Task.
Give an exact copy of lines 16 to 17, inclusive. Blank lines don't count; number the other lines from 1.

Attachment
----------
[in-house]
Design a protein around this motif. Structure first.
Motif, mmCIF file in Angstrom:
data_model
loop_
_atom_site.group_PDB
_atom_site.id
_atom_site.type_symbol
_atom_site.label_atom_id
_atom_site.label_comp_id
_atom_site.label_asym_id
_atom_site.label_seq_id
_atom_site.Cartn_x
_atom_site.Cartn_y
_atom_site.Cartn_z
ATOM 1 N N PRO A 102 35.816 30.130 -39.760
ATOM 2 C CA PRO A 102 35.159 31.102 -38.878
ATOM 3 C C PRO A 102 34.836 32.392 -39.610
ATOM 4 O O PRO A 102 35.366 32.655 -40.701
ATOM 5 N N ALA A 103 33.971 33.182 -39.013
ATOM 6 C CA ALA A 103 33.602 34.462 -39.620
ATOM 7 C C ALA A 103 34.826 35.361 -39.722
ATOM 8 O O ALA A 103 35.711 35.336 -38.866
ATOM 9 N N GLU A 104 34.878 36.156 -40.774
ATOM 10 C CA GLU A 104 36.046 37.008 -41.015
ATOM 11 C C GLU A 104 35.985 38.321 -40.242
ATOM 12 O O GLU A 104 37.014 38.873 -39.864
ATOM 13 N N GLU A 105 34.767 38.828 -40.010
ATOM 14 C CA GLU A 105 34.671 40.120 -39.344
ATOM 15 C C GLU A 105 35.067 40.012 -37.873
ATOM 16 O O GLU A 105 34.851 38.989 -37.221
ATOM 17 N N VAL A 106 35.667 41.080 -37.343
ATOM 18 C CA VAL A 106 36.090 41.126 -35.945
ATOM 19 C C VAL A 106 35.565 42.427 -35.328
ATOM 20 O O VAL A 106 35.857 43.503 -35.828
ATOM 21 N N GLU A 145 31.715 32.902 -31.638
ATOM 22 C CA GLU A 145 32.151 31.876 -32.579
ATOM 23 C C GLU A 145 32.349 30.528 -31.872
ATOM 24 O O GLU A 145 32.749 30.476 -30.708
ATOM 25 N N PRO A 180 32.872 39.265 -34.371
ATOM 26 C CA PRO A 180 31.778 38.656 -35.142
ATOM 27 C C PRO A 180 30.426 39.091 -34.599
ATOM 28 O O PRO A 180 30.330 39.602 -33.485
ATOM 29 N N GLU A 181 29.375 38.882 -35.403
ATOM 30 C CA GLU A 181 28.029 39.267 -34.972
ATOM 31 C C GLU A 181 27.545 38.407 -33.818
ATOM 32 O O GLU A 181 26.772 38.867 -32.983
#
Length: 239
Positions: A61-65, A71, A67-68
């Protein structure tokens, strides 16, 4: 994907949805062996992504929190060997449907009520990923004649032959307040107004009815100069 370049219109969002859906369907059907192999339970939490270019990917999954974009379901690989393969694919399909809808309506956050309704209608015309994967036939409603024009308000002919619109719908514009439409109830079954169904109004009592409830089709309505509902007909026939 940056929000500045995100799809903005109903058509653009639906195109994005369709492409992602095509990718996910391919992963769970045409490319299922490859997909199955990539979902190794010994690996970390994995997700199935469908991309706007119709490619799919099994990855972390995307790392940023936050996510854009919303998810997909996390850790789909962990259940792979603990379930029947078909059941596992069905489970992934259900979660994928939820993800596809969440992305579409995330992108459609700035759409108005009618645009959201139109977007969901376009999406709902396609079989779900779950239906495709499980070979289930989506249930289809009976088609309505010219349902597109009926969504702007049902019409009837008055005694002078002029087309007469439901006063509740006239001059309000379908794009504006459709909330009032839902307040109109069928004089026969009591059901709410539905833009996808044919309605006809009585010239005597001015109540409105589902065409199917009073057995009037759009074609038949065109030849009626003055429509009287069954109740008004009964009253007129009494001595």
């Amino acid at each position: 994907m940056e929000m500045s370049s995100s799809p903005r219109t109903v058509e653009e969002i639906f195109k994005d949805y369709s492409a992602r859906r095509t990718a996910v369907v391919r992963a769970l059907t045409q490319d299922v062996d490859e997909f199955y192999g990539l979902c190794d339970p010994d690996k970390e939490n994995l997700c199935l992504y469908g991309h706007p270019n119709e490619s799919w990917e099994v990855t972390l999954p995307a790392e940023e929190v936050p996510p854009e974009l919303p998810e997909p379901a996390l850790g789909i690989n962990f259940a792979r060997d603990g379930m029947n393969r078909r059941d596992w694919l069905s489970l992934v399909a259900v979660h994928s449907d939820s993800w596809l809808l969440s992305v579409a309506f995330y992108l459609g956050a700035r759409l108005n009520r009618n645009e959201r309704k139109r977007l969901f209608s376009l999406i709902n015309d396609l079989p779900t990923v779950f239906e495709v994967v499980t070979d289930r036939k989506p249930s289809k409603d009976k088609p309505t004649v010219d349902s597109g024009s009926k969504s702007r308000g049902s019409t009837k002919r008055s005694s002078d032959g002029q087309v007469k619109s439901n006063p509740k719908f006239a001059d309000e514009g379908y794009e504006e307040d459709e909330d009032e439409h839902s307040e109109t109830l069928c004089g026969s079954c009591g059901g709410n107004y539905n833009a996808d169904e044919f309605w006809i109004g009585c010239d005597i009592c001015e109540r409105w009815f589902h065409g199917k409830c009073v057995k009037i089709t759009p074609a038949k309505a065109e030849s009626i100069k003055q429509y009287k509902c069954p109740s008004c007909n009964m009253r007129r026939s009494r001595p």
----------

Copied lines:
ATOM 1 N N PRO A 102 35.816 30.130 -39.760
ATOM 2 C CA PRO A 102 35.159 31.102 -38.878